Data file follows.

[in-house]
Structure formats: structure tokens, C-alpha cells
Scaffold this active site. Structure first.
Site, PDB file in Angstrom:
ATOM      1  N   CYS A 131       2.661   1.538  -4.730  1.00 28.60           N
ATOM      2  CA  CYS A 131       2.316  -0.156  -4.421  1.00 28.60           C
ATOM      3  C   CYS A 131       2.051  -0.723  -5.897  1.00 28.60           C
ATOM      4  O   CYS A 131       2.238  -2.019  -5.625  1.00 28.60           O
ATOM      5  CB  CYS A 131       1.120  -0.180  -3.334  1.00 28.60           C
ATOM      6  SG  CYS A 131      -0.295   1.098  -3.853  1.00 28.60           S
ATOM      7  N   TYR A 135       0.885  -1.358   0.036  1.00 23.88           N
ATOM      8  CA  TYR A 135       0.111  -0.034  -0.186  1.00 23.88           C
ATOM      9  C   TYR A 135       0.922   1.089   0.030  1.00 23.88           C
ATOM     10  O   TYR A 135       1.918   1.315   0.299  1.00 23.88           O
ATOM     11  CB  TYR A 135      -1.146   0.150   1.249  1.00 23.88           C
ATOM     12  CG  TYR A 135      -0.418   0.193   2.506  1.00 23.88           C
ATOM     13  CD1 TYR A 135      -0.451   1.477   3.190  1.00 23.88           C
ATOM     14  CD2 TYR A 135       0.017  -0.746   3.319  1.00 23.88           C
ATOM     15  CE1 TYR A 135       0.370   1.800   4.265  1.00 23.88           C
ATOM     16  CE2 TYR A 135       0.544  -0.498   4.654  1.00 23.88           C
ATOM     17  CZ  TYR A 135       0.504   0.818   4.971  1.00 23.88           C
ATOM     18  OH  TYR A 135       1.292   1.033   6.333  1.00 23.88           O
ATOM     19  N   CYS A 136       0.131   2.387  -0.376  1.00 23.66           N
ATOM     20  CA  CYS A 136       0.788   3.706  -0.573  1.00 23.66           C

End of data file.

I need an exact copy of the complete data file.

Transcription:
[in-house]
Structure formats: structure tokens, C-alpha cells
Scaffold this active site. Structure first.
Site, PDB file in Angstrom:
ATOM      1  N   CYS A 131       2.661   1.538  -4.730  1.00 28.60           N
ATOM      2  CA  CYS A 131       2.316  -0.156  -4.421  1.00 28.60           C
ATOM      3  C   CYS A 131       2.051  -0.723  -5.897  1.00 28.60           C
ATOM      4  O   CYS A 131       2.238  -2.019  -5.625  1.00 28.60           O
ATOM      5  CB  CYS A 131       1.120  -0.180  -3.334  1.00 28.60           C
ATOM      6  SG  CYS A 131      -0.295   1.098  -3.853  1.00 28.60           S
ATOM      7  N   TYR A 135       0.885  -1.358   0.036  1.00 23.88           N
ATOM      8  CA  TYR A 135       0.111  -0.034  -0.186  1.00 23.88           C
ATOM      9  C   TYR A 135       0.922   1.089   0.030  1.00 23.88           C
ATOM     10  O   TYR A 135       1.918   1.315   0.299  1.00 23.88           O
ATOM     11  CB  TYR A 135      -1.146   0.150   1.249  1.00 23.88           C
ATOM     12  CG  TYR A 135      -0.418   0.193   2.506  1.00 23.88           C
ATOM     13  CD1 TYR A 135      -0.451   1.477   3.190  1.00 23.88           C
ATOM     14  CD2 TYR A 135       0.017  -0.746   3.319  1.00 23.88           C
ATOM     15  CE1 TYR A 135       0.370   1.800   4.265  1.00 23.88           C
ATOM     16  CE2 TYR A 135       0.544  -0.498   4.654  1.00 23.88           C
ATOM     17  CZ  TYR A 135       0.504   0.818   4.971  1.00 23.88           C
ATOM     18  OH  TYR A 135       1.292   1.033   6.333  1.00 23.88           O
ATOM     19  N   CYS A 136       0.131   2.387  -0.376  1.00 23.66           N
ATOM     20  CA  CYS A 136       0.788   3.706  -0.573  1.00 23.66           C